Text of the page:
CA S E R E P O R T Open Access
Lateral lymph node metastasis in a patient
with T1 upper rectal cancer treated by
lateral lymph node dissection: a case report
and brief literature review
, Masamichi Kimura
, Toshiji Tominaga
, Shinji Iwakura
, Yoshihiko Hoshida
and Tetsuya Horiuchi
Background: Lateral lymph node (LLN) metastasis may occur in patients with advanced rectal cancers of which the
lower margins are located at or below the peritoneal reflection. However, LLN metastasis from a T1 rectal cancer is
rare. Here, we report a case of LLN metastasis from a T1 upper rectal cancer that was successfully treated by
sequential LLN dissection.
Case presentation: A 56-year-old man was referred to our hospital for the treatment of a T1 upper rectal cancer.
We performed a laparoscopic low anterior resection. Histological examination showed a moderately differentiated
adenocarcinoma with submucosal layer invasion; the invasion depth was classified as head invasion, without vessel
or lymph duct invasion. Tumor budding was classified as grade 1. A total of six lymph nodes were harvested, and
no lymph node metastases were detected. The postoperative course was uneventful. At 6 months after surgery,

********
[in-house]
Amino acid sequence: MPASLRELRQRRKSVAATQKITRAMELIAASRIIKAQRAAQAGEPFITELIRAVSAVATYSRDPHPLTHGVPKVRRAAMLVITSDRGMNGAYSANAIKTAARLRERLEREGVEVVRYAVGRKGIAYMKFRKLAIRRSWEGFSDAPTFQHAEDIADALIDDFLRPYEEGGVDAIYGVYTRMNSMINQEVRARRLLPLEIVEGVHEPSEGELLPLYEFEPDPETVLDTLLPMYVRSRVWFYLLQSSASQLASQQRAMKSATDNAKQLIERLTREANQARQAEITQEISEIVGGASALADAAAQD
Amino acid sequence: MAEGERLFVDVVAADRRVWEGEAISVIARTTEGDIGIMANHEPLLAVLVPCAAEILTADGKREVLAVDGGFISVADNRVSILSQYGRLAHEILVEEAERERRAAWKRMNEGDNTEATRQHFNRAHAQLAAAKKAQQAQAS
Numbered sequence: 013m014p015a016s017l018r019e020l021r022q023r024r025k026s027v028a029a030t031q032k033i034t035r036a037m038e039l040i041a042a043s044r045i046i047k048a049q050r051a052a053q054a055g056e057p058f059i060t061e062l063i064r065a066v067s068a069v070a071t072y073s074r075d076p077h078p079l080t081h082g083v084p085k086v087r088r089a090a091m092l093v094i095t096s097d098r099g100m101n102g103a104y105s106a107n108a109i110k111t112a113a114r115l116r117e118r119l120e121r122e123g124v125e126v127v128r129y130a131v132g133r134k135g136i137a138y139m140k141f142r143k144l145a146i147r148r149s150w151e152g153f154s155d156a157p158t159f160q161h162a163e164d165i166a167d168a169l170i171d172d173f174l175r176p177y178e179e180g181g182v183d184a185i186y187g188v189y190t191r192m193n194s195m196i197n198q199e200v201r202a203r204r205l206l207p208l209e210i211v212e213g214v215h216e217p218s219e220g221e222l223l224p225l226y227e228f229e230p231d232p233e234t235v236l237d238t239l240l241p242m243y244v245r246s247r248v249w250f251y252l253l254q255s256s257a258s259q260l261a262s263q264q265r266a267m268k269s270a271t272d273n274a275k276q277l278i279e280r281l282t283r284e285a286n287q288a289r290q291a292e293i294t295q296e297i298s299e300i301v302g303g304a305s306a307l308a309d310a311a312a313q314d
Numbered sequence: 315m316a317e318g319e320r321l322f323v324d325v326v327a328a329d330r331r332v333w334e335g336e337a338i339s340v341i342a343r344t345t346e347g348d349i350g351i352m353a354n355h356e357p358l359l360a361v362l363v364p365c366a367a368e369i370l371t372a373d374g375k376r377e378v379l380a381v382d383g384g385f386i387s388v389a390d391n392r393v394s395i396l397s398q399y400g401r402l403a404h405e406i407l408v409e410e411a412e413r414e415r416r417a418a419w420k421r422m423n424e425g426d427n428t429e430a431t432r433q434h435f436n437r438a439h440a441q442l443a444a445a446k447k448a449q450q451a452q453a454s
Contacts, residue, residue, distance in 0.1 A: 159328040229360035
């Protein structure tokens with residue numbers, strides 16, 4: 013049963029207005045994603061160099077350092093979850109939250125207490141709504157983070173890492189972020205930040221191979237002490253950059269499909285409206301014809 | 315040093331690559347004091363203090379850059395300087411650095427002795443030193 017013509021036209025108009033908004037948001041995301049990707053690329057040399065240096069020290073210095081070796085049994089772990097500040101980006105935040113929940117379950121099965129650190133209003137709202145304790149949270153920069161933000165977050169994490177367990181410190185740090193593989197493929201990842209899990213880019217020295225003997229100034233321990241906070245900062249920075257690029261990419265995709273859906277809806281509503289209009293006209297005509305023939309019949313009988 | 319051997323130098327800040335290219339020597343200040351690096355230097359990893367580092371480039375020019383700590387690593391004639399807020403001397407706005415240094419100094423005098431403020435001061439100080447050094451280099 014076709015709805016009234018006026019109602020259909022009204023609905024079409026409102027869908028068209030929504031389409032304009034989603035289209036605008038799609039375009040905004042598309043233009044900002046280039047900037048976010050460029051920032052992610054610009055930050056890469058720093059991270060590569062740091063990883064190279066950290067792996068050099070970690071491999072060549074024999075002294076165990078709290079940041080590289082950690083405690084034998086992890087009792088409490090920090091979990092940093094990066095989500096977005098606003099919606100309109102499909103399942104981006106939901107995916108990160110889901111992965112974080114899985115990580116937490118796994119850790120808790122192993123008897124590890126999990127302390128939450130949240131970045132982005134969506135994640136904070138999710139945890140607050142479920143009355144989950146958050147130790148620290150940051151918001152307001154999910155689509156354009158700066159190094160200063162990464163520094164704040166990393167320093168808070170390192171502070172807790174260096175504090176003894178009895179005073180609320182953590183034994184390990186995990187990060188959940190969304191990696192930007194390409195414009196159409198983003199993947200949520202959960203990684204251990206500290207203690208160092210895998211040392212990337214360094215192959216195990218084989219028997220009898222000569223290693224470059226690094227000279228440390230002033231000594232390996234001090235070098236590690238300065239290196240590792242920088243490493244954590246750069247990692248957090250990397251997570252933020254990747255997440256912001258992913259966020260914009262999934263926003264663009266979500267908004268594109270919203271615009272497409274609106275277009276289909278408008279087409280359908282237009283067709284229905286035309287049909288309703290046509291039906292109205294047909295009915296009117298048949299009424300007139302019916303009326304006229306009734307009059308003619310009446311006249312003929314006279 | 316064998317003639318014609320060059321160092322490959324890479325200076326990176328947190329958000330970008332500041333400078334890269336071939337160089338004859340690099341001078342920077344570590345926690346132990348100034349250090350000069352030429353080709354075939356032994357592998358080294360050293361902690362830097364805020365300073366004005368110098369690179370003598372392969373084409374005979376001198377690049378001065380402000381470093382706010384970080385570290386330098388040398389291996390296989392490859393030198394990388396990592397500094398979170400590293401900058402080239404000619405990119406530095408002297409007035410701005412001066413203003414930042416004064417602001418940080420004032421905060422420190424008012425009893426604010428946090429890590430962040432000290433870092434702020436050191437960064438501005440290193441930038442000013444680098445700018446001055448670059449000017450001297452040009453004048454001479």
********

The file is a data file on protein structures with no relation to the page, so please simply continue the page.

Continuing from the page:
however, the serum carcinoembryonic antigen levels were elevated, and abdominal computed tomography (CT)
revealed swollen lymph nodes in the right internal and common iliac artery area. Positron emission tomography
with CT revealed hot spots in the same lesions. A retrospective re-evaluation of the preoperative CT images
revealed no apparent swollen lymph nodes; however, an unusual soft tissue area was detected around the right
internal iliac artery. A right LLN dissection was performed. Fifteen lymph nodes were resected, and histologically,
metastases of adenocarcinoma were identified in 3 nodes. The postoperative course was again uneventful. The
patient was given 12 cycles of adjuvant chemotherapy with FOLFOX (fluorouracil, leucovorin, and oxaliplatin).
The patient remains healthy and with no signs of recurrence at 30 months after the second surgery.
Conclusions: LLN metastasis occurs very rarely in patients with T1 upper rectal cancer and no risk factors for lymph
node metastasis; however, a careful perioperative examination of the LLN should be performed. In cases involving
LLN metastasis, a LLN dissection may be a therapeutic option if performed with curative intent.
Keywords: Lateral lymph node metastasis, T1 upper rectal cancer, Lateral lymph node dissection,
* Correspondence: email@example.com
Department of Surgery, National Hospital Organization, Osaka Minami
Medical Center, 2-1 Kidohigashimachi, Kawachinagano, Osaka, Japan
Full list of author information is available at the end of the article
© The Author(s). 2017 Open Access This article is distributed under the terms of the Creative Commons Attribution 4.0
International License (http://creativecommons.org/licenses/by/4.0/), which permits unrestricted use, distribution, and
reproduction in any medium, provided you give appropriate credit to the original author(s) and the source, provide a link to
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Tanishima et al. Surgical Case Reports (2017) 3:93